Note: Be sure to check that the bowls and pots are cleaned. Foreign residue and debris could throw off the aromatics of the mixture.
Process For Hydrosols And Essentials Oils
Ready to learn how to make your own hydrosol? For the purpose of today’s recipe, let's use a combination of rose petals, lavender and peppermint. The mixture creates a divine aromatic water and is full of rejuvenating properties that are fantastic for your skin and hair.
After gathering all of the essential items, you can begin:
Step 1 – Place your large heat-safe bowl in the center of the large pot, upside-down. Place the second, smaller bowl on top of the larger bowl. The smaller bowl should be right side-up, on top of the larger bowl. The small bowl will be what collects the hydrosol water.
Step 2 – Arrange the plant material around the sides of the larger bowl (not in the bowl). Cover plant material with water. Water should remain below the top of the larger bowl.
Step 3 – Place the large pot lid upside down to cover the large pot. Fill a large freezer bag with ice, seal and place on top of the lid of the pot.
Step 4 – Boil the water, then gently simmer for 30 minutes. Replace the bag of ice, if it melts.
Step 5 – Remove the pot from the heat, then remove the lid. Carefully lift the smaller bowl out, which now contains your hydrosol. Pour the collected water into a container like our Amber Glass Bottles. Store in the fridge for the longest shelf life, or a cool, dark and dry area.
With this easy-to-follow recipe from Edens Garden, making your own hydrosols is simple. And once you’ve got your aromatic hydrosol bottled, you can use it however you please.
Since it's so easy to do, you're going to want to try a variety of different aromatic plants. Whether it be a rosemary hydrosol, chamomile hydrosol, lemongrass hydrosol, lavender hydrosol, tea tree hydrosol, frankincense hydrosol geranium hydrosol or peppermint hydrosol, get ready to gather your fresh petals and dried herbs to create the essential water of your dreams!
1. National Association for Holistic Aromatherapy. What are Hydrosols? https://naha.org/explore-aromatherapy/about-aromatherapy/what-are-hydrosols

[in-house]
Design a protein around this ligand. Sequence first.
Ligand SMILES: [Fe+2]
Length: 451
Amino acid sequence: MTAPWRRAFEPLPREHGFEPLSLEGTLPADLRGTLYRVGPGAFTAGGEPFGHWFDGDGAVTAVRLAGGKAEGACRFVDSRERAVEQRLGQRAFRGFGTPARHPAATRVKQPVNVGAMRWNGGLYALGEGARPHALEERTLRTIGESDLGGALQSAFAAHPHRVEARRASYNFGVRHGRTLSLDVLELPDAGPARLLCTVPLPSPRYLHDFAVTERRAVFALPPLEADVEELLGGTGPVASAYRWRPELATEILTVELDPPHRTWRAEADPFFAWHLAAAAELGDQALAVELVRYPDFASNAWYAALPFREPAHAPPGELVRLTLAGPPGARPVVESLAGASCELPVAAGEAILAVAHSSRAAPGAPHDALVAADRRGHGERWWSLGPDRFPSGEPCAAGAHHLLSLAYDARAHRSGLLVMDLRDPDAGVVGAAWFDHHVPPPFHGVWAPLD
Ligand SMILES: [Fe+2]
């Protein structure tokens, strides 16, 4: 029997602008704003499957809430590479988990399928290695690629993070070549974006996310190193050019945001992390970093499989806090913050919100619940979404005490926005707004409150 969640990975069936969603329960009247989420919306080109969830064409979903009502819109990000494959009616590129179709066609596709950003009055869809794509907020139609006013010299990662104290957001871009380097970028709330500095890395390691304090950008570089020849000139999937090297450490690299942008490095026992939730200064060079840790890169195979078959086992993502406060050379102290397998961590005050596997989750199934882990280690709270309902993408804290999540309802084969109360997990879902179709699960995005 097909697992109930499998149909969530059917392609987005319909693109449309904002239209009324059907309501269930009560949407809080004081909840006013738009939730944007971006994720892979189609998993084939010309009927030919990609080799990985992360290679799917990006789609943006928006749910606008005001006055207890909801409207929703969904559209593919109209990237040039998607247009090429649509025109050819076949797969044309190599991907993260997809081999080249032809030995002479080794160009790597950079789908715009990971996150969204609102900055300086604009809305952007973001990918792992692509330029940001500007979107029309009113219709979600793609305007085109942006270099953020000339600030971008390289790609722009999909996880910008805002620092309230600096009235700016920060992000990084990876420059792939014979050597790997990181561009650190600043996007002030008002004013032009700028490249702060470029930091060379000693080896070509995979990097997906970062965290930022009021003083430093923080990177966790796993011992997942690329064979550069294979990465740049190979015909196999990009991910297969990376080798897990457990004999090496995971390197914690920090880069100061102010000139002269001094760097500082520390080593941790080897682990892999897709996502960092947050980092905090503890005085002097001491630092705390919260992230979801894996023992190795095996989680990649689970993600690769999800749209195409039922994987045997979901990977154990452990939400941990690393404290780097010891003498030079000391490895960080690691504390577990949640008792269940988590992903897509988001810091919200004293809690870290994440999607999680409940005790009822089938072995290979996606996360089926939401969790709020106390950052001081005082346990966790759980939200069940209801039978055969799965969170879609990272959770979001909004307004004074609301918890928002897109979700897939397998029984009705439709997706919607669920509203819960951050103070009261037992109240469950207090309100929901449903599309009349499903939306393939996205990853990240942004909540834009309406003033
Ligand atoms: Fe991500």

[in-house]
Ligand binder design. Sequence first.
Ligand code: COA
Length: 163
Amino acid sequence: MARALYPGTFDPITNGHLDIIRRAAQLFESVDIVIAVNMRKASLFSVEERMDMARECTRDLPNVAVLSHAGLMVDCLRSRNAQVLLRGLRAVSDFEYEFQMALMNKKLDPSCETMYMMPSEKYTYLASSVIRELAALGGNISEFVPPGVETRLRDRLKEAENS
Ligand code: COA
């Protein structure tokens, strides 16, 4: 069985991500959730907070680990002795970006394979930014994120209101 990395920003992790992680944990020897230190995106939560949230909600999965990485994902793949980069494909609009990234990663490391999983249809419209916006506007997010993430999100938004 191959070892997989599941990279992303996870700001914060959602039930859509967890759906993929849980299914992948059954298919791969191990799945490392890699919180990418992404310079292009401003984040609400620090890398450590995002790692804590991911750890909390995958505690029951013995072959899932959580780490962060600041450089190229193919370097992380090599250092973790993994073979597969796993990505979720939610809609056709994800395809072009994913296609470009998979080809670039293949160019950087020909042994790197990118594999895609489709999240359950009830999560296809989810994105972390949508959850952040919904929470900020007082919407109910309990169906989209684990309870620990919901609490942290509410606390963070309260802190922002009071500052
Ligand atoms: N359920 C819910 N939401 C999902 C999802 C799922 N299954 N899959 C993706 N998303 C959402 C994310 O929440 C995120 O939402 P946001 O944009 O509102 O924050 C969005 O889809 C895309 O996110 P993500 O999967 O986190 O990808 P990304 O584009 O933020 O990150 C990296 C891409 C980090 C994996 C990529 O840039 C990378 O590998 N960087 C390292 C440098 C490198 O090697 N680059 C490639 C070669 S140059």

Leave a comment (Comments will be approved before showing up)
I understand the process and would like to do it myself with improvised materials
Hi Beth! Let us know how it goes if you end up making it 💕
This was AWESOME!! I read a few years ago about how one could make what was essentially small steel to make hydrosols, but when they got into copper tubing and turning it this way and that, I was lost as a ball in high weeds! I decided to try it a few weeks ago and now can’t remember which book it was in and I can’t read every one of my books to find it! Thanks as this seems much more simple!!
Hi Tammy! There’s no need to add hydrosol because this recipe is intended to make hydrosol. If you need further assistance, please reach out! firstname.lastname@example.org
Hi. Thank you for the directions. I used 5 cups of rose petals and received about 50ml of hydrsol. Is that correct or did I do something wrong
Hi Dale! Yes, it’s normal for water to seep to the bottom. We recommend composting any remaining plant material and straining the water and using it as tea, in cooking, cocktails, in baths, etc.
I tried this method and was very successful with producing both rosemary and lavender hydrosols. Thank you so much for the article. I have two questions. 1) Should water seep and gather under the bottom bowl during the process? 2) Do you have any suggestions on what to do with the leftover plant matter and water gathered in the bottom? Thanks